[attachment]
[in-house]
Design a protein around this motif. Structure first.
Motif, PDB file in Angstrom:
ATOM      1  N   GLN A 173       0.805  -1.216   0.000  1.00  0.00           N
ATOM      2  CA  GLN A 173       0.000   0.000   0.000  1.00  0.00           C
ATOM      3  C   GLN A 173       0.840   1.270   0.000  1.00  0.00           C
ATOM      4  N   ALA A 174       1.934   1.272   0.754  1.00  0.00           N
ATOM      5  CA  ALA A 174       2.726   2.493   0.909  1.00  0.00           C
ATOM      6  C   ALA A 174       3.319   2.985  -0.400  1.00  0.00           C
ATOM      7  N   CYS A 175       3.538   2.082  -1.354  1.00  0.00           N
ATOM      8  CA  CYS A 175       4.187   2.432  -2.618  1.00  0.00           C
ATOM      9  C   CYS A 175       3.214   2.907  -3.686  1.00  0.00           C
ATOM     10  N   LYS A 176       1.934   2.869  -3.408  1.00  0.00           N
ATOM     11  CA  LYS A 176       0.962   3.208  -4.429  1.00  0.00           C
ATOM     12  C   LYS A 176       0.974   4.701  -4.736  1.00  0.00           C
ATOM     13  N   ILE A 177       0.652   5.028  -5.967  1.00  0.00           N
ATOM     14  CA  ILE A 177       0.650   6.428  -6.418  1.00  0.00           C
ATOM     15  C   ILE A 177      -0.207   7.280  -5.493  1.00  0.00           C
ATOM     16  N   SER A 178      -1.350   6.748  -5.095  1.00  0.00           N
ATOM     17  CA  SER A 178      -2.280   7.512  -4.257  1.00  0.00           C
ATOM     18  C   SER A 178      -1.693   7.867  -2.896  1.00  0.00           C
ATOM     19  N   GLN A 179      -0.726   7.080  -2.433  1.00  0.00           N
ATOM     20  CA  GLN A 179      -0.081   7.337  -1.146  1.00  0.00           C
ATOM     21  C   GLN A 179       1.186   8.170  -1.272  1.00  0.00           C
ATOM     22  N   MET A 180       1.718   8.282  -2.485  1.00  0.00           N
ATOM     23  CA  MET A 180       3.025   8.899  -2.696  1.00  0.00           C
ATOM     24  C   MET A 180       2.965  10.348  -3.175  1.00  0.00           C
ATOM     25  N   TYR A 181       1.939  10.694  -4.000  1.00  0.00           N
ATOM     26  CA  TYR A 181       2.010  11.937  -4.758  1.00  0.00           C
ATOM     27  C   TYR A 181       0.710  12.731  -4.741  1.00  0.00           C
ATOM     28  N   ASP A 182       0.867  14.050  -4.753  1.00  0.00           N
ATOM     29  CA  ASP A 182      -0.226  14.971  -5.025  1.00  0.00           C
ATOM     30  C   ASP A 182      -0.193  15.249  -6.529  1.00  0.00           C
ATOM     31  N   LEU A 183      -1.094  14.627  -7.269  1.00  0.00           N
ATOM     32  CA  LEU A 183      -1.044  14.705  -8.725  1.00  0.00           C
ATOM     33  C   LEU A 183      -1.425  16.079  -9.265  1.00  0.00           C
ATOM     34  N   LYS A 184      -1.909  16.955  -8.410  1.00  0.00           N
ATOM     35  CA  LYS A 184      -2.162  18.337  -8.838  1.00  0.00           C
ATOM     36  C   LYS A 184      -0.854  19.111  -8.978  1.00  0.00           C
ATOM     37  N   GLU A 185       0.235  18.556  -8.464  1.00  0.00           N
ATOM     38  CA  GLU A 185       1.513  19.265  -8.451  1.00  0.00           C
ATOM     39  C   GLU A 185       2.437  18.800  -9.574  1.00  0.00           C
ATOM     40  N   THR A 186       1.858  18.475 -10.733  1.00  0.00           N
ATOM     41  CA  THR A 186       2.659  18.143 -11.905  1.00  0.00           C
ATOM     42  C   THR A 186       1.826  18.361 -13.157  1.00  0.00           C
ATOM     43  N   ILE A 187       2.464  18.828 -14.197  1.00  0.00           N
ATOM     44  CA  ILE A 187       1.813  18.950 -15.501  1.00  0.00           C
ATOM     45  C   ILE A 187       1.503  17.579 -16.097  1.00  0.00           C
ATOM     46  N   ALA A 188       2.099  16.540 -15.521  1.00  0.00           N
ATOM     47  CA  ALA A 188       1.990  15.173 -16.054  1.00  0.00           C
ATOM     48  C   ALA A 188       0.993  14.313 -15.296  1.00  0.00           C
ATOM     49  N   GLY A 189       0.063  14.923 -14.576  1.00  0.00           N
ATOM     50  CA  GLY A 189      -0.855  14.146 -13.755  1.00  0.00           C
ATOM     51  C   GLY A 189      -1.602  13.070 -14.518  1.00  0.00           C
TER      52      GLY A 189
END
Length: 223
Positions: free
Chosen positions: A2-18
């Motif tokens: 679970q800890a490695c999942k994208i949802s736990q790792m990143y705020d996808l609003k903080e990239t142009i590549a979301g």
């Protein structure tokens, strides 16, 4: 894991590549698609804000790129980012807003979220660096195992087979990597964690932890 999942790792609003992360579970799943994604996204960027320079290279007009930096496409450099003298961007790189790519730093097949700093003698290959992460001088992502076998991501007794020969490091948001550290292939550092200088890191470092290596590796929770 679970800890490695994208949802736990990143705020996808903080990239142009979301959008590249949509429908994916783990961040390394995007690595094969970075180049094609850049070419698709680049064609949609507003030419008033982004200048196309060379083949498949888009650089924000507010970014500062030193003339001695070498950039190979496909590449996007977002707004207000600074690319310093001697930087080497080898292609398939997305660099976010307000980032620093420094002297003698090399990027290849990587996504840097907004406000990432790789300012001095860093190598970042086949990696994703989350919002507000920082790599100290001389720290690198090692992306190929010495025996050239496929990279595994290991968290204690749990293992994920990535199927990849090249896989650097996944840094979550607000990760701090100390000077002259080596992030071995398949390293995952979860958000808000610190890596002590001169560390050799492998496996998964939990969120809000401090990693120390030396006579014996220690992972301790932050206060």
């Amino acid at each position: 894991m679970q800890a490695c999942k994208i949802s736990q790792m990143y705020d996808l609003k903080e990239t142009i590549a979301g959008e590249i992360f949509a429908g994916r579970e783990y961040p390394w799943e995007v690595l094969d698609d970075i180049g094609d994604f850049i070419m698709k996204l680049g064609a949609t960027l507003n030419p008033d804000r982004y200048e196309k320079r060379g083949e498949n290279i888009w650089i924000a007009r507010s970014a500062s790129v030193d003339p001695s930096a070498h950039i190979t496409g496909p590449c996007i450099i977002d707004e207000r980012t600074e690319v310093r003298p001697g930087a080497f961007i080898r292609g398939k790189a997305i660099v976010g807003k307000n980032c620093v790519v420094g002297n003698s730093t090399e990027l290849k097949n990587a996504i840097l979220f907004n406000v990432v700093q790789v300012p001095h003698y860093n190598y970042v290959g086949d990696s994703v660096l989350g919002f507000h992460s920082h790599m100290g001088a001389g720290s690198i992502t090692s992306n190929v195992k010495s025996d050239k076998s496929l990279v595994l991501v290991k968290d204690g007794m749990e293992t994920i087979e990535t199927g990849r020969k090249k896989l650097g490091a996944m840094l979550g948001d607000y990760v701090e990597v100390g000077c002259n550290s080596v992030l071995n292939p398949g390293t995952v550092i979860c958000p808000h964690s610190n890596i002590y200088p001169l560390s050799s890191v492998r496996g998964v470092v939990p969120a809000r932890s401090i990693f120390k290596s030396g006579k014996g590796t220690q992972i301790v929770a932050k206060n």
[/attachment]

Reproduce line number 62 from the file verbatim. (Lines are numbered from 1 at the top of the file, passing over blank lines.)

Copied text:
């Amino acid at each position: 894991m679970q800890a490695c999942k994208i949802s736990q790792m990143y705020d996808l609003k903080e990239t142009i590549a979301g959008e590249i992360f949509a429908g994916r579970e783990y961040p390394w799943e995007v690595l094969d698609d970075i180049g094609d994604f850049i070419m698709k996204l680049g064609a949609t960027l507003n030419p008033d804000r982004y200048e196309k320079r060379g083949e498949n290279i888009w650089i924000a007009r507010s970014a500062s790129v030193d003339p001695s930096a070498h950039i190979t496409g496909p590449c996007i450099i977002d707004e207000r980012t600074e690319v310093r003298p001697g930087a080497f961007i080898r292609g398939k790189a997305i660099v976010g807003k307000n980032c620093v790519v420094g002297n003698s730093t090399e990027l290849k097949n990587a996504i840097l979220f907004n406000v990432v700093q790789v300012p001095h003698y860093n190598y970042v290959g086949d990696s994703v660096l989350g919002f507000h992460s920082h790599m100290g001088a001389g720290s690198i992502t090692s992306n190929v195992k010495s025996d050239k076998s496929l990279v595994l991501v290991k968290d204690g007794m749990e293992t994920i087979e990535t199927g990849r020969k090249k896989l650097g490091a996944m840094l979550g948001d607000y990760v701090e990597v100390g000077c002259n550290s080596v992030l071995n292939p398949g390293t995952v550092i979860c958000p808000h964690s610190n890596i002590y200088p001169l560390s050799s890191v492998r496996g998964v470092v939990p969120a809000r932890s401090i990693f120390k290596s030396g006579k014996g590796t220690q992972i301790v929770a932050k206060n």